Consumer Reports recently published a study that examined the differences between online learning platforms for education. The comparison took into account that: * While online learning can be used to fill a gap that isn’t available in the classroom, it doesn’t necessarily fill all holes in a student’s skill development.
What Are The Advantages Of Online Learning
You’ve likely heard of the common school or workplace practice of students “requesting” that their school offer a particular course. In the latter case, a student uses a course search tool in an online catalog or even uses a school’s or organization’s website to search for a specific class, which can be facilitated via computer using a learning management system, such as Duolingo or Massive Open Online Courses (MOOCs).
Others appear to prefer an online education solely for their full-time job. For example, early in my own career I found it difficult to stand out from a group of co-workers and began pursuing a series of evening classes instead.
While many times people ask “Why would I want to spend hours on a computer to learn a skillset that you can usually learn at least on paper?” (or else through supplementary materials to a textbook!) to you’re getting multiple benefits.
1. Credible: There’s nothing more effective than a credential. This includes a high-level degree, which is earned with intensive time and hours learning an academic discipline. By the same token, much of the training that is rendered as “learning” occurs online through seminars or live lectures, leading up to a course completion date. When a lecture is delivered, it usually has to be followed up by some kind of Q&A, which might be supported or not by a live student in the classroom setting. When a course is delivered online, one only has to answer questions from a peer instead of a teacher. It’s then up to the student to interpret any additional lecture-based material offered by the instructor and follow up through supplemental materials.
2. Time efficient: This may not seem like much of a benefit, but the amount of time a full-time worker in the industry spends away from their main job or primary personal interest is huge. Working three jobs simultaneously or living in a foreign country is challenging in itself, but dealing with work-related stress and additional demands can take a huge toll on your mental and physical health, making having a degree in something as educationally focused as a bachelor’s degree critical. When it’s already difficult to get on top of things, offering something you already know you want to learn is a way to alleviate stress.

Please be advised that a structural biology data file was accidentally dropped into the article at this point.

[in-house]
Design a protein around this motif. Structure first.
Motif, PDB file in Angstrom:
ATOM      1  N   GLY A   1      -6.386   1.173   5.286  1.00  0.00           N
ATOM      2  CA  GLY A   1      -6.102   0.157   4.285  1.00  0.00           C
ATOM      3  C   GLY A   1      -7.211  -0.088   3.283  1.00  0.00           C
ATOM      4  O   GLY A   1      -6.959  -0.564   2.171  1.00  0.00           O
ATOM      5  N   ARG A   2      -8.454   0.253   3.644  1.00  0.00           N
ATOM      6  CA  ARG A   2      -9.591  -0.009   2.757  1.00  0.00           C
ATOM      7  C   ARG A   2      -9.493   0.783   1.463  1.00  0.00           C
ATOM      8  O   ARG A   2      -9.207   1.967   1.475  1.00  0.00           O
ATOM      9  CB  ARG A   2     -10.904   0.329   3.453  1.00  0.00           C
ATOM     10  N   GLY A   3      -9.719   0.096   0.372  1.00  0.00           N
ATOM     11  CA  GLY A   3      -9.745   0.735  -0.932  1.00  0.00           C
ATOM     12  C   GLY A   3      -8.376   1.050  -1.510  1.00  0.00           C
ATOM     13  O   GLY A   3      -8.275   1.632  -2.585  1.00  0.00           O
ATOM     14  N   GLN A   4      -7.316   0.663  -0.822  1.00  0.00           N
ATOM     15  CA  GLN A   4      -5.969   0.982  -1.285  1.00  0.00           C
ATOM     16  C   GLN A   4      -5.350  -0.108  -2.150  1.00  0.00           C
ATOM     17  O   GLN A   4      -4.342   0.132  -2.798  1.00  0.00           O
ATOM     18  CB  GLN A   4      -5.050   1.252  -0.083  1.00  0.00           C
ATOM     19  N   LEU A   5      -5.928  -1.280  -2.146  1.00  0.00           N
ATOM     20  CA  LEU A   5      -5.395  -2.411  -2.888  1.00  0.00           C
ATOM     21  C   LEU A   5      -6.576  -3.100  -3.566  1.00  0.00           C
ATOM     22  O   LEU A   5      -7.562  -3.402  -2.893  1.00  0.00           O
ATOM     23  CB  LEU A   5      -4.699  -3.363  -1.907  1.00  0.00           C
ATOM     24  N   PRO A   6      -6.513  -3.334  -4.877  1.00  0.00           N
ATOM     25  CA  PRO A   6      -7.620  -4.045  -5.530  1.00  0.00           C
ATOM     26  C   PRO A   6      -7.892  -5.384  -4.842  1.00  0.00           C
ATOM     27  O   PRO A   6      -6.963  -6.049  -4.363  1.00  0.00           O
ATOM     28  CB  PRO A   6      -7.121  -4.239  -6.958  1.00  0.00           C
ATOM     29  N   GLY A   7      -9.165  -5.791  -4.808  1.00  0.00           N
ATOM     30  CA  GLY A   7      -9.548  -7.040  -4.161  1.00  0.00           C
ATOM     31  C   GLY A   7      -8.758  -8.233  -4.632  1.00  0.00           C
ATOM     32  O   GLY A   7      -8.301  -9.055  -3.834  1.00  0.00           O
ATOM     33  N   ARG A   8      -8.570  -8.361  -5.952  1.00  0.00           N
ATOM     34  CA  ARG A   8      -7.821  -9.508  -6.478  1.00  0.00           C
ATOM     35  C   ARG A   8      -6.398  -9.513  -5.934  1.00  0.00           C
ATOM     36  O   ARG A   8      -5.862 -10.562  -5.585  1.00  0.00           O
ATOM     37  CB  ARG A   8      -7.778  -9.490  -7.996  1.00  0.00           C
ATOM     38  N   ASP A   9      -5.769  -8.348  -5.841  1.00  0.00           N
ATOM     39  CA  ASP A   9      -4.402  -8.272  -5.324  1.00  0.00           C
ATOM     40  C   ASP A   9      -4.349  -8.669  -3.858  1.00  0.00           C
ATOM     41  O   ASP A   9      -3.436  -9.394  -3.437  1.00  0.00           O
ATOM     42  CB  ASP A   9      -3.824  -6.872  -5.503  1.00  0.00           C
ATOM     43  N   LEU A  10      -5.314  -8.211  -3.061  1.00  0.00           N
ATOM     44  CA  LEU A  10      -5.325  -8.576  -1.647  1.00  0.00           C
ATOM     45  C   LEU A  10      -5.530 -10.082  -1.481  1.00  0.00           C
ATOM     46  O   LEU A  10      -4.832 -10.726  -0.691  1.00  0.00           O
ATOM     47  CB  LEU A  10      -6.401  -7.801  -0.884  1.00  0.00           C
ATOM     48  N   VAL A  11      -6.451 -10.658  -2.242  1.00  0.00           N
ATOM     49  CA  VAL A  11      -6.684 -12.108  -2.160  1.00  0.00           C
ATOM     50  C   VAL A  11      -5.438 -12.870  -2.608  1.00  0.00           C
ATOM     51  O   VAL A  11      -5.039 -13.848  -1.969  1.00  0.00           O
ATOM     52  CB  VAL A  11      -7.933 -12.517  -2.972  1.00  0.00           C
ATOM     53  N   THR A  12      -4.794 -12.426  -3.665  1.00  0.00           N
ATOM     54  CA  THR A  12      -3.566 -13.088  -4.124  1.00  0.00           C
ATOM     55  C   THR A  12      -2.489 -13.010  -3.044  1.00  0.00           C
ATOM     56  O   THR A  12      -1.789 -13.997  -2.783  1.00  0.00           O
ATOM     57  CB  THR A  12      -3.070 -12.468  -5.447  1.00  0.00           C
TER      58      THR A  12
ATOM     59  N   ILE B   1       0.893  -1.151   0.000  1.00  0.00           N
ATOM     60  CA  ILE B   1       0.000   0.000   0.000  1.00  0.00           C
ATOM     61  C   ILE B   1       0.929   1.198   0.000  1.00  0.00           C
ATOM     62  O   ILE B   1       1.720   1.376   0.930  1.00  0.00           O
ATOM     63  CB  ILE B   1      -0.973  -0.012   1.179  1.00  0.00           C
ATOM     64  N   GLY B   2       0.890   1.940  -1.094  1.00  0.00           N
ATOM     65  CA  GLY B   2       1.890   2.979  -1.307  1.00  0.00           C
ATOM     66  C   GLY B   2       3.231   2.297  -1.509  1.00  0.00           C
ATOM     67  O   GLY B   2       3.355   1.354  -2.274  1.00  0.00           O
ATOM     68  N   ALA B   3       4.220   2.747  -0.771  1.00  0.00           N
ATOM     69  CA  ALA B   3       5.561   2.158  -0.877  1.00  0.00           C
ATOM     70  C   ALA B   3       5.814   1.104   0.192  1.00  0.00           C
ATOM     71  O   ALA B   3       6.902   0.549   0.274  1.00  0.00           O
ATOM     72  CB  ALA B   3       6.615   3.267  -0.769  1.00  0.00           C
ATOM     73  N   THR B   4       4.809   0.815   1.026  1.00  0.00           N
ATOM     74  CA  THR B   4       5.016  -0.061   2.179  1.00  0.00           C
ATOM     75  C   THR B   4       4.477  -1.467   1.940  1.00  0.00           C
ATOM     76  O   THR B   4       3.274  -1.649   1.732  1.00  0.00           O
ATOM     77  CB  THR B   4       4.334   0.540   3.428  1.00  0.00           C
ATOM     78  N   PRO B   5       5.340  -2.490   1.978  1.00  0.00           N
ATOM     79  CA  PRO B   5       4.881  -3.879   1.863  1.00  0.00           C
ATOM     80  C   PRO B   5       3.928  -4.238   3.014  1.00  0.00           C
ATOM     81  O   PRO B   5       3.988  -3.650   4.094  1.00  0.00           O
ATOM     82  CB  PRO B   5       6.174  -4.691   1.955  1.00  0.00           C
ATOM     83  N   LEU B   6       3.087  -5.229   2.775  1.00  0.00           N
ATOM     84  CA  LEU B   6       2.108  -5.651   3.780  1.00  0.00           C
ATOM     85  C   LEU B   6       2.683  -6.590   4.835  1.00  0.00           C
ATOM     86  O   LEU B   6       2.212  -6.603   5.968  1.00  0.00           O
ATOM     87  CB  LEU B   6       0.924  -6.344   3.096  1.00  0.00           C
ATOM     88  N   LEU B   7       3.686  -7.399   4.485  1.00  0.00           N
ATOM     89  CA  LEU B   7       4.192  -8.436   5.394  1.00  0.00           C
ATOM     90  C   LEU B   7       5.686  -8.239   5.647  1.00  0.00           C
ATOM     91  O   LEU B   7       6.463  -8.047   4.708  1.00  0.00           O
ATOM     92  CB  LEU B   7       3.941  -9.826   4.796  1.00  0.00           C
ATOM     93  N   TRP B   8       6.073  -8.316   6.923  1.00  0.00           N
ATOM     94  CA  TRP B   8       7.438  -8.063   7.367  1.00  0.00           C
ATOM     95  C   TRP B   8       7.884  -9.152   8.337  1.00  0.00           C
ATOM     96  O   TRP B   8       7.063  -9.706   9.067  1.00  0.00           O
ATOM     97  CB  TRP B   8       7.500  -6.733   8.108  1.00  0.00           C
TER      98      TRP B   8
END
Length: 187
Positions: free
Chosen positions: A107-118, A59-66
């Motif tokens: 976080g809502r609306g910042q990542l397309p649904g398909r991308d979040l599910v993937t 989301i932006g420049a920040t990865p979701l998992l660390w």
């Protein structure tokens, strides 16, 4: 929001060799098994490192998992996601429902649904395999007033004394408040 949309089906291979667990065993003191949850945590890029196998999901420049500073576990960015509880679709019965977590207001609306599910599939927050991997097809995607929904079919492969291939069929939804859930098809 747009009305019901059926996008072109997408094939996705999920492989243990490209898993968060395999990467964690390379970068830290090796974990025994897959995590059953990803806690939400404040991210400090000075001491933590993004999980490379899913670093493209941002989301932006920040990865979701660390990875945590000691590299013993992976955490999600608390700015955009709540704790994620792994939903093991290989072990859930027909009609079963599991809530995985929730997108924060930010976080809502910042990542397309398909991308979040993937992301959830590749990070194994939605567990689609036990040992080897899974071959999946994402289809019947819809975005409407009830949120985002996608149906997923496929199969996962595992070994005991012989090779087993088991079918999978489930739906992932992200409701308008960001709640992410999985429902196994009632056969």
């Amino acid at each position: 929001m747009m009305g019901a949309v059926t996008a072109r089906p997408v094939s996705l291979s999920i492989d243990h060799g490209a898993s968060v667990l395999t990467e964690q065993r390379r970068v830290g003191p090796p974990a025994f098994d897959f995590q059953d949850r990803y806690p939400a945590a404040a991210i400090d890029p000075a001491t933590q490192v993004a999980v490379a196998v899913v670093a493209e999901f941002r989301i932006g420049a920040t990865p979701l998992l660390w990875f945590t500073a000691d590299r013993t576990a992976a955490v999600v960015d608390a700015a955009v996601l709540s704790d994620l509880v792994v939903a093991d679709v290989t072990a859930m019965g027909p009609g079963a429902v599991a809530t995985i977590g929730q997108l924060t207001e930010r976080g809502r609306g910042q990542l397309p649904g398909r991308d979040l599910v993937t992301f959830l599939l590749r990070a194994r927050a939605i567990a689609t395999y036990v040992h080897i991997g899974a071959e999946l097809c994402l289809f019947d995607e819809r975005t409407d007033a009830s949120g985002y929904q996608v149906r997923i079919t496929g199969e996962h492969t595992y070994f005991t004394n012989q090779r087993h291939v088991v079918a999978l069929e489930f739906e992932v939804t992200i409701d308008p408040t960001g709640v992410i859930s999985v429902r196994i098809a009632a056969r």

3. Lighter weight: A degree has less weight on your shoulders than a training certificate or any other type of training. Just to name a few, there are courses I took for my marketing degree where I built a portfolio for a resume to show off my work, there were radio ads I made while attending radio training, and I participated in an after-school tutoring program so that I could earn even more on the education side. None of these things weighed the amount a certificate would have in my life, but each is meant to provide an intangible job credential, which in itself can help with the interview process. And you’re actually performing hands-on work, whether you like it or not. For me, this ability to forge professional connections was a factor in moving forward with hiring my first advertising job out of the radio school.
4. Encouragement: I cannot imagine going out of my way to learn a skill that is of value to me, but instead of honing it in a secluded classroom with classes that take a day or two to complete, many of you out there will only have to spend half the day on the computer, which at the end of the day will still be the only time you’ll have to push yourself.
5. Tailored instruction: Generally speaking, the majority of your instructors are business executives or similar professionals with a long history of lecturing. Typically, this type of training is not designed to respond to the strengths and weaknesses of the learner as a whole. As such, you can get real-world feedback from the people who care the most about your work and sometimes you’ll have only a few syllables to vocalize your concerns, such as why you’ve given up on a particular skill to this point.
Many times, however, instructors will communicate whether they are in the “users” department (which includes all of the learners of the program) or whether they are working with the administrator or faculty who are the ultimate decision makers. I myself never received the feedback I’d like to have from my business class, but I’ve spoken with several who made good suggestions and improvements to what I had. Because a program is often designed to meet the needs of its users, then the learner is in control of how the program should be used.
Additionally, finding an experienced faculty who is a passion for what you’re studying could give you the necessary notes and suggestions. Again, the mechanism is different.